Predict: The Next Generation Console Tech

Discussion in 'Console Technology' started by Acert93, Jun 12, 2006.

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  1. Prophecy2k

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    Arthur Geis' info. is old. It's all stuff we've heard regurgitated and twisted over and over many times now.

    Currently I don't think anyone is really in the know particularly about what is going on with both Next-gen consoles. Even publisher execs won't know the exact specs, only general performance targets and likely some key pieces of info. like RAM amount and target memory bandwidth.

    I think like Nintendo, Sony and MS have learned to keep their cards closer to their chests this time. I don't suspect that we'll know exactly what is the PS4 and Durango untill after they've released.... Not unless either of the two parties are feeling particularly candid about sharing, or alternatively they truly believe they have a BEAST of a next-gen console, want to boast heavily about it and use that as a selling point, whilst believing it to be too late in the game for the competitor to switch things up and make ammendments.

    I believe both console will have the same or similar memory amounts. Particularly for Orbis, i'm confident that this was changed not too recently (well as confident as anyone an be in second hand whisperings).
     
  2. ultragpu

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    The news about AMD 8000 series releasing in the 2nd quarter of 2013 is rather tantalising, I wonder if any party has moved onwards to that SI chip yet. I hope CES brings us the bacon in 4 weeks.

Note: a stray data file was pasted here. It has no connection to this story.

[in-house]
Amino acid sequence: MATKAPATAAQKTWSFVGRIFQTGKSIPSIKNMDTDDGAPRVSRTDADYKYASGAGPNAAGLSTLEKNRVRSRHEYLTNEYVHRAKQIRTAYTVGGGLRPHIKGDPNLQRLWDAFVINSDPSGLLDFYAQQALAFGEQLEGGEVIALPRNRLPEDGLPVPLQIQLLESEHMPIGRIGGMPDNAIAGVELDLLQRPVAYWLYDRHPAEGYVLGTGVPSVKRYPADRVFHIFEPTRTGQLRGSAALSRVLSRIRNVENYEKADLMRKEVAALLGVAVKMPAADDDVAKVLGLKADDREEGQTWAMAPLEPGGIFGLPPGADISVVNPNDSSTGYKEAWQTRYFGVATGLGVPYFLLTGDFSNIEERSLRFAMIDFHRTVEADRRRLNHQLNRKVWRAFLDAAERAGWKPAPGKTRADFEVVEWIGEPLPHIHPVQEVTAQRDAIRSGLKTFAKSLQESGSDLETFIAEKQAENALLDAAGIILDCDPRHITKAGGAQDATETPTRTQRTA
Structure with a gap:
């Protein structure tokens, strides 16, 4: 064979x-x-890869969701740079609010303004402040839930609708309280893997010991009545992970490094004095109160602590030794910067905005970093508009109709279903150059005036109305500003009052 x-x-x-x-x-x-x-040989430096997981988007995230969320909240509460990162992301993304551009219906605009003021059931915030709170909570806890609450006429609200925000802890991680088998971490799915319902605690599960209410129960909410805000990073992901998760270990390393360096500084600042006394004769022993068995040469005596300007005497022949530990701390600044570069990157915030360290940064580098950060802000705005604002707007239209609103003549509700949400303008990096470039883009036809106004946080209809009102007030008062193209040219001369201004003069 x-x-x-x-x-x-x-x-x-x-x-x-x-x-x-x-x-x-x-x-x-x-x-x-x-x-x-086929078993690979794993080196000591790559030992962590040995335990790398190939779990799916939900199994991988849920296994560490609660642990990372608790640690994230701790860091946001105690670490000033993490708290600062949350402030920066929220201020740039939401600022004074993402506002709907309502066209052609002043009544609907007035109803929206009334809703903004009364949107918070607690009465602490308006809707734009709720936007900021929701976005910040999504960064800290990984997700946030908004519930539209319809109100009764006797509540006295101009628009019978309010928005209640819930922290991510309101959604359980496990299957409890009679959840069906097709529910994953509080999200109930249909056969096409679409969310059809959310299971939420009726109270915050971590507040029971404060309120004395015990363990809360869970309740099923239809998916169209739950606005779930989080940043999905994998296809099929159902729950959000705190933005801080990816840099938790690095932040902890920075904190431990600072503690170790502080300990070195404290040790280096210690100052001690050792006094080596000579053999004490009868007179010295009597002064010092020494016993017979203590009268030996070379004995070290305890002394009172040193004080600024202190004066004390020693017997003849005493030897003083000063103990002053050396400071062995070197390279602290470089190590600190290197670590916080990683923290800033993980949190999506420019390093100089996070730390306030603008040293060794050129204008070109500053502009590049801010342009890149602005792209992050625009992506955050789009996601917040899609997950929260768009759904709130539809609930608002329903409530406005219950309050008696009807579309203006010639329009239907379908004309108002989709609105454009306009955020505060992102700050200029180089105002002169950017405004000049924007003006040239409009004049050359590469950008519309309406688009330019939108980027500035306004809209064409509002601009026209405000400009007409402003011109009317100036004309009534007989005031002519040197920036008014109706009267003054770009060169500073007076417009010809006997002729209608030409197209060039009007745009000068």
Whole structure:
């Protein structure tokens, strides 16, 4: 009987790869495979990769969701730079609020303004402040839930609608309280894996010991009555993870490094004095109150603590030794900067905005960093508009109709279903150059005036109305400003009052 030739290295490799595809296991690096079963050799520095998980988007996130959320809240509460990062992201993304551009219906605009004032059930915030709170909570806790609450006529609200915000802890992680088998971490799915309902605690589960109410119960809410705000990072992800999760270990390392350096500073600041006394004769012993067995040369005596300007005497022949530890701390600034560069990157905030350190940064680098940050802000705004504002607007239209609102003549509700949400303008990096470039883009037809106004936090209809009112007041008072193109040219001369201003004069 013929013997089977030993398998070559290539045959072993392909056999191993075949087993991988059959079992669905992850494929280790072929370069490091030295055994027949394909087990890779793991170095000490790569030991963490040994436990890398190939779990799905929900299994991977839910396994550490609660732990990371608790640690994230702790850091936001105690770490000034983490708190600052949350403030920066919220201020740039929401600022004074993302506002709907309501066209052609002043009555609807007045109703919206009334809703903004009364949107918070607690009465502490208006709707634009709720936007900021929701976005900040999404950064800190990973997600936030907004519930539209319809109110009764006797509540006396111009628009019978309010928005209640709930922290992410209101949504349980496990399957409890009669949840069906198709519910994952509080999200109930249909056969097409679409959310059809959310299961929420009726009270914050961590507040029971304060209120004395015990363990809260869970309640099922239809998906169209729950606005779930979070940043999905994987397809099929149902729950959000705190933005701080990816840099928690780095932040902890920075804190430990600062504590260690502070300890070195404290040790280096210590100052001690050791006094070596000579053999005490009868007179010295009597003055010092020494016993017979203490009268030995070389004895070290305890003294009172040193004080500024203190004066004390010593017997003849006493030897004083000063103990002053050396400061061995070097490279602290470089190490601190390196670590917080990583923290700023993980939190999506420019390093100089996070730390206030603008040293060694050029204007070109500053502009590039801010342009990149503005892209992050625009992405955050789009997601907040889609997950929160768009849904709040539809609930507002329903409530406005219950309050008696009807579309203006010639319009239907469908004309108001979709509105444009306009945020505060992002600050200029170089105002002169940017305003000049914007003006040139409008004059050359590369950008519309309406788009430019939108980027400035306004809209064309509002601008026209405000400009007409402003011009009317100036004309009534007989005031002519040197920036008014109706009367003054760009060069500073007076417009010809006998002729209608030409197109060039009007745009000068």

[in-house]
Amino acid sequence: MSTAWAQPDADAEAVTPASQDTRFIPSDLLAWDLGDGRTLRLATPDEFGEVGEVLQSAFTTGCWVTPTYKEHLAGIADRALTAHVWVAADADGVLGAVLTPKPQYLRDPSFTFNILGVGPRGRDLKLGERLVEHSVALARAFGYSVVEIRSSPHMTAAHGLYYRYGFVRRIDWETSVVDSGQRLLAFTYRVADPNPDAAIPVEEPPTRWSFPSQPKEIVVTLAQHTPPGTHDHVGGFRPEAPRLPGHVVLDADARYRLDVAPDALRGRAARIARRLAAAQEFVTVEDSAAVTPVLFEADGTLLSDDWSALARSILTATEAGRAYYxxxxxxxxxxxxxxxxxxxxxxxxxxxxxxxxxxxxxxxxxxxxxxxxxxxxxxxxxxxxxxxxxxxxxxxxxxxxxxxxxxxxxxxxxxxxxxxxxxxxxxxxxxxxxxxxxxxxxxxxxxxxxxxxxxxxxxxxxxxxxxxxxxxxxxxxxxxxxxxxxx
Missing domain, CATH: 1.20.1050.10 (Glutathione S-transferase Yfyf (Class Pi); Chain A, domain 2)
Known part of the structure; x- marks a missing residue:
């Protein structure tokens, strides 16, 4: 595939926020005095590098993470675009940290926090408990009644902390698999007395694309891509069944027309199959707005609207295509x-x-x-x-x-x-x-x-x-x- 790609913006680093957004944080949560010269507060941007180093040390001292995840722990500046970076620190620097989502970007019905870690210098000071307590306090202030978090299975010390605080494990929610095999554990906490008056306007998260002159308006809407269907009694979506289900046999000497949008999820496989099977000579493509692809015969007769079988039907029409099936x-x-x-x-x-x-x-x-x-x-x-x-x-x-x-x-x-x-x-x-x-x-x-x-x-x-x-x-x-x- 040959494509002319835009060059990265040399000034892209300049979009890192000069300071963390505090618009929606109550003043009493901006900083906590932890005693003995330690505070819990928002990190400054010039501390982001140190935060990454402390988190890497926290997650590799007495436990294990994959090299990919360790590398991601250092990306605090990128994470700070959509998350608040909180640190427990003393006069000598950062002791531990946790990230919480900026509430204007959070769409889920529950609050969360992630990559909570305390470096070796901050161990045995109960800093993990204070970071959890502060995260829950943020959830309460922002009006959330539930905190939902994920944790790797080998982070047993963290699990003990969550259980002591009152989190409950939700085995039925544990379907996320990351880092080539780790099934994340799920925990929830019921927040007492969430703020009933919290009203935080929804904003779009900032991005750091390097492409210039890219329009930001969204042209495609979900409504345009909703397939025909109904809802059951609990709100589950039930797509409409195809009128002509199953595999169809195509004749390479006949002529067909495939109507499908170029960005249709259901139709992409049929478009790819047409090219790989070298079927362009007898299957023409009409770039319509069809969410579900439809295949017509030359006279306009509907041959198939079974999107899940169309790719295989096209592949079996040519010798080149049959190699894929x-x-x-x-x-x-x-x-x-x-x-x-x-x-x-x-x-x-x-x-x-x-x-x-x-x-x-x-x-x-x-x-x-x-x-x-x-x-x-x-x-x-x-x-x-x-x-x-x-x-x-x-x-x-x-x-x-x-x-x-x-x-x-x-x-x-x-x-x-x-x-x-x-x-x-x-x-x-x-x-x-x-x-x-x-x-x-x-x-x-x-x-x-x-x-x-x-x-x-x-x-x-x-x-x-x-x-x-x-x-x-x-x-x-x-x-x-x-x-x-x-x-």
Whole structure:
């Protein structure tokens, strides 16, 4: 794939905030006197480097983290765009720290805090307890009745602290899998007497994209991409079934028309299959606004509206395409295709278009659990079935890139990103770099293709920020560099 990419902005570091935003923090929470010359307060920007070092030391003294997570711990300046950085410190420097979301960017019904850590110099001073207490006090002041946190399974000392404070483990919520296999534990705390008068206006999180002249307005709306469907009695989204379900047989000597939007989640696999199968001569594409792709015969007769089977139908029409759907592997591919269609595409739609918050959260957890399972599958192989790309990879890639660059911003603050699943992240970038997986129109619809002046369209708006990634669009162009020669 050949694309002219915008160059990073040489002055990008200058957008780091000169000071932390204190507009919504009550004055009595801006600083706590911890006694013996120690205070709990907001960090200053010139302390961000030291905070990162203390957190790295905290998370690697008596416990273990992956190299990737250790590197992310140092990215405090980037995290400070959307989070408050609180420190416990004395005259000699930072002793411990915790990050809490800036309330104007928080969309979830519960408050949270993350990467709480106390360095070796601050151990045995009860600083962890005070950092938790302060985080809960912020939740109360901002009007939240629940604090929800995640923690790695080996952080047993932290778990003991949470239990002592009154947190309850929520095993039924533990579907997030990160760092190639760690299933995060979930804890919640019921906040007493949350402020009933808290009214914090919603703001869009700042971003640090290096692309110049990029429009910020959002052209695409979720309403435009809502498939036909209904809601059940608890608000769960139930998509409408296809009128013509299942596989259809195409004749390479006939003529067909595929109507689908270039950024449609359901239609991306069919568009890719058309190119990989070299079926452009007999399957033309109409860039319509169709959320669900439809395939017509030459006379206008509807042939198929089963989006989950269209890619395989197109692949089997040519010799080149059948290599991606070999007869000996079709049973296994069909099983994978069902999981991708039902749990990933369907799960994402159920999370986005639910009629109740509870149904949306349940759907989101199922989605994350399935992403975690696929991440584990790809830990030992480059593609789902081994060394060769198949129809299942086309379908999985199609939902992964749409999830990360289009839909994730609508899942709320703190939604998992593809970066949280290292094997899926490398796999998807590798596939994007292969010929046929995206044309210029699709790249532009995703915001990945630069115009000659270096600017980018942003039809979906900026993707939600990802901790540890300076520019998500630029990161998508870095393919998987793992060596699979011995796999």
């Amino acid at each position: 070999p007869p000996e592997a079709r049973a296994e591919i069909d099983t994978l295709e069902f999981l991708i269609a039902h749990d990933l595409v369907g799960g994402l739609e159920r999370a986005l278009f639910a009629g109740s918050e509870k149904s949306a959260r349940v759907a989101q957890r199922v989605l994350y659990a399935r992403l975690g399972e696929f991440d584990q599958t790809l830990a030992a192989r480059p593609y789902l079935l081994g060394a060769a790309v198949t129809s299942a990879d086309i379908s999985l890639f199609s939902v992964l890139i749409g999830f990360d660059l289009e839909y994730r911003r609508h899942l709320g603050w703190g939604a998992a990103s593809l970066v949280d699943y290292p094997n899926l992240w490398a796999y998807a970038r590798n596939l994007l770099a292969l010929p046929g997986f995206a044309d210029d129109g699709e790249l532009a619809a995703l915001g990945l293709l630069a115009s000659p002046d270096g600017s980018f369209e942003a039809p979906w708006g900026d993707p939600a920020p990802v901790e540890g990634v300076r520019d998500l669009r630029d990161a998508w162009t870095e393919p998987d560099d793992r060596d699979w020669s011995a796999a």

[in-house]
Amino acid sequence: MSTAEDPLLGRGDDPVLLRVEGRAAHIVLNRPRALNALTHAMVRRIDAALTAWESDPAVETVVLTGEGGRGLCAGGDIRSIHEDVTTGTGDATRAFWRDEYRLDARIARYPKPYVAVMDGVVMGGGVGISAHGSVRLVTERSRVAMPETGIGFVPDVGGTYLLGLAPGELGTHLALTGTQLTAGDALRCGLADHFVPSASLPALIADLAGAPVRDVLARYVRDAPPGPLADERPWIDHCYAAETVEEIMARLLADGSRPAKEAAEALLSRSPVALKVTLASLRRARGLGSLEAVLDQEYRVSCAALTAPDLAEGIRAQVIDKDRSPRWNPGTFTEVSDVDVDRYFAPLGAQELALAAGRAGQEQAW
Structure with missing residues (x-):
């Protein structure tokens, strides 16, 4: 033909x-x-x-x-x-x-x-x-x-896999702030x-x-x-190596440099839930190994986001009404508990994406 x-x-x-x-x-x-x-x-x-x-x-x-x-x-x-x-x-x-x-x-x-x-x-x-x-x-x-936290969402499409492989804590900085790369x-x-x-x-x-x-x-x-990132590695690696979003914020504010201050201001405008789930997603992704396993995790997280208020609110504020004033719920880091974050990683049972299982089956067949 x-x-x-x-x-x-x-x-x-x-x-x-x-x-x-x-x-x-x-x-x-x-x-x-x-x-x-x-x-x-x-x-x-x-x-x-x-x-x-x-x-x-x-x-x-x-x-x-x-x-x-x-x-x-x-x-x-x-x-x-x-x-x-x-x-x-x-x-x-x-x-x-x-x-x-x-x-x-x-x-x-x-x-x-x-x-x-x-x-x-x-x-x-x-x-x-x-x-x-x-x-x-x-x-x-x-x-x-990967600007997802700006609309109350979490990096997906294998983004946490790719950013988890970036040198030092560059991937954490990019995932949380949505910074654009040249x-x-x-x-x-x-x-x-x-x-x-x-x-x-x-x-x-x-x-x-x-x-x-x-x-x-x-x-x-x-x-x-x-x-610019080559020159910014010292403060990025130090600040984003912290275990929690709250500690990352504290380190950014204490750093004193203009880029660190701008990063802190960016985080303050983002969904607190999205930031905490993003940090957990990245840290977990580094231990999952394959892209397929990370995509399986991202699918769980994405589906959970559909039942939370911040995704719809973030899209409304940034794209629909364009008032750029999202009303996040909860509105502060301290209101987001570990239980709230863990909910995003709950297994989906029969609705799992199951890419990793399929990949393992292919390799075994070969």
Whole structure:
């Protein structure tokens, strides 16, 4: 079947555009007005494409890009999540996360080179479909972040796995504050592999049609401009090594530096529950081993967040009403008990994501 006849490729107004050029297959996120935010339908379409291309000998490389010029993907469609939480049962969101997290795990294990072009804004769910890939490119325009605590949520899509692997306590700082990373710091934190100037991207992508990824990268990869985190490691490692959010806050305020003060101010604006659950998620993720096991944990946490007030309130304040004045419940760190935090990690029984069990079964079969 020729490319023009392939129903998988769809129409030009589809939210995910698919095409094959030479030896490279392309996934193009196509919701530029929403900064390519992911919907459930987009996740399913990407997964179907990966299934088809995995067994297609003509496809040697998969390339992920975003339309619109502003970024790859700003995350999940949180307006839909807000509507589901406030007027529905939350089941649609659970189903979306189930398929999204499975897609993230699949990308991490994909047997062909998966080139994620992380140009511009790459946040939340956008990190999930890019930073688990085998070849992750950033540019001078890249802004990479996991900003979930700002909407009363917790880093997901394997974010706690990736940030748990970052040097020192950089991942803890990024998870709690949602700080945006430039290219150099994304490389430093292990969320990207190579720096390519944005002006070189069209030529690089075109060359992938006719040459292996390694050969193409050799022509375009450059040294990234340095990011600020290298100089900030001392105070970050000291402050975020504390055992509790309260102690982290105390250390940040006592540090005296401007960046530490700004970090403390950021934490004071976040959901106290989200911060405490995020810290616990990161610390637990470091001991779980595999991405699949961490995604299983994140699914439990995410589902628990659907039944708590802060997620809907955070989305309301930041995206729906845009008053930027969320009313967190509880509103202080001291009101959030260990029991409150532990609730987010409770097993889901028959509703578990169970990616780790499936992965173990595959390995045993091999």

3. bkilian

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    Execs and actual devs know a lot more than that. They know pretty much everything about the hardware except maybe the IP providers, but at this point they know the full hardware system architecture. I'm stunned at how little info is out there considering how many people are fully read in.
     
  4. almighty

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    A 5Ghz 2500k only generates ~125Gflops when running Intel Burn Test so I'm failing to see where this 204Gflops figure comes from.
     
  5. Hornet

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    We are talking about single precision arithmetic, not double precision.
     
  6. Proelite

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    How likely is it for ram, number of cores, and other specs outside of clock rates to change at this point?
     
  7. Gipsel

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    My uneducated guess would be that the number of cores and their capabilities are fixed at this point in time. They may have changed the amount of RAM recently. That's the only thing somewhat flexible (besides the clocks) at this stage I suppose. So the devs who got briefed should have quite a good knowledge of what is to come.
     
  8. almighty